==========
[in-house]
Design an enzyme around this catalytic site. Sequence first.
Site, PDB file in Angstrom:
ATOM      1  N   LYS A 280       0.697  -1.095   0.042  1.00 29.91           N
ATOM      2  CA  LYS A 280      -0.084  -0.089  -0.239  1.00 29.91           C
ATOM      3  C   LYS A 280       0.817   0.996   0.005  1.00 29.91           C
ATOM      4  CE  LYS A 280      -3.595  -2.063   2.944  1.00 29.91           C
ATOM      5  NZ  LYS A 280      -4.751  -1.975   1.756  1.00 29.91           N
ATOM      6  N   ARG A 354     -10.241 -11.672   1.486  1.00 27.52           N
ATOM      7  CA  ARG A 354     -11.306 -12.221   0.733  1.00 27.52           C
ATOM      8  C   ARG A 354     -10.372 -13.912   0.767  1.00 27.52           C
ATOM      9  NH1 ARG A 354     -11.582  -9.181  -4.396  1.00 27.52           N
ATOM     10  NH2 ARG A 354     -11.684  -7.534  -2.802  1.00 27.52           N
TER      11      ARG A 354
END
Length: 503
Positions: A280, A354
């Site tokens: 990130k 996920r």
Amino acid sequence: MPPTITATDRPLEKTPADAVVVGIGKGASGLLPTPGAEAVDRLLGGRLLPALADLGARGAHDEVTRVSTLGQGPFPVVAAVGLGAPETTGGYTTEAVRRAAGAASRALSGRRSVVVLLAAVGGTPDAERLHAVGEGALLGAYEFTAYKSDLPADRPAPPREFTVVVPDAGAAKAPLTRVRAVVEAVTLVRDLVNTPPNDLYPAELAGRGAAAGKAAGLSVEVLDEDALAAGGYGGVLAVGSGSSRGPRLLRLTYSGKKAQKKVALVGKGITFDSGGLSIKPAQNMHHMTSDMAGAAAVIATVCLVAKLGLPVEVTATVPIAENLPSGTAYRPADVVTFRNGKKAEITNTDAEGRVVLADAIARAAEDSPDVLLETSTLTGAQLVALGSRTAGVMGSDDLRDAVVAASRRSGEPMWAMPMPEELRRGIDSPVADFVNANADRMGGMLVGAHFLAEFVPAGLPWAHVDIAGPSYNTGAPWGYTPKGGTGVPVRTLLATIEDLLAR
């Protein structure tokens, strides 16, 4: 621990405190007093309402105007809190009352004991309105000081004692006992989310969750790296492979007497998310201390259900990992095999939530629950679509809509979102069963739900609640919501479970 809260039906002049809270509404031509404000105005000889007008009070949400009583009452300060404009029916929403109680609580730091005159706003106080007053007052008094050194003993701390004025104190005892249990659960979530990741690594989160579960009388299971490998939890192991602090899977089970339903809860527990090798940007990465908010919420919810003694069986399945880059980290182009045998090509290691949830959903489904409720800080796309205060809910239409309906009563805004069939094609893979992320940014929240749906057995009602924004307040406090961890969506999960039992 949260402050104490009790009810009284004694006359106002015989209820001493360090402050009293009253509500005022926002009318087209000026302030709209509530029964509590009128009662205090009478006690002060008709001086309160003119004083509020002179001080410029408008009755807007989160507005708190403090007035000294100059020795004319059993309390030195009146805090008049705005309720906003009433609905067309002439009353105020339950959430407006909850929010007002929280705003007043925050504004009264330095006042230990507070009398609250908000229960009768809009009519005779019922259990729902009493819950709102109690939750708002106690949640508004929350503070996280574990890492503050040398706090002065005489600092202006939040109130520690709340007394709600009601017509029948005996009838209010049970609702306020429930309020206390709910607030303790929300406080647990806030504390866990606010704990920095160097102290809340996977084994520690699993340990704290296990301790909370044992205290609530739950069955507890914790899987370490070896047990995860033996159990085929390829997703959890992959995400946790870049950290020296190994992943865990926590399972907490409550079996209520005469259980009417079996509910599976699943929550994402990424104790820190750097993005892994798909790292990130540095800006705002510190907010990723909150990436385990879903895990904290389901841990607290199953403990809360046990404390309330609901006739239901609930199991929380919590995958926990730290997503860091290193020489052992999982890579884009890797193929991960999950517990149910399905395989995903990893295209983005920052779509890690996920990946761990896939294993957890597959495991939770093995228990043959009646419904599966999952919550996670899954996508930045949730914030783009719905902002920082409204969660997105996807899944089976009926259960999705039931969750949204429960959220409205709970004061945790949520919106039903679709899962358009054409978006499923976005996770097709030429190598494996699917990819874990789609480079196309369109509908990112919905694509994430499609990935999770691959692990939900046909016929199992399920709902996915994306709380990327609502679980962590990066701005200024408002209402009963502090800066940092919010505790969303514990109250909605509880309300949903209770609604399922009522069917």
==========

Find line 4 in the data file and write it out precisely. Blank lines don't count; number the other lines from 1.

ATOM      1  N   LYS A 280       0.697  -1.095   0.042  1.00 29.91           N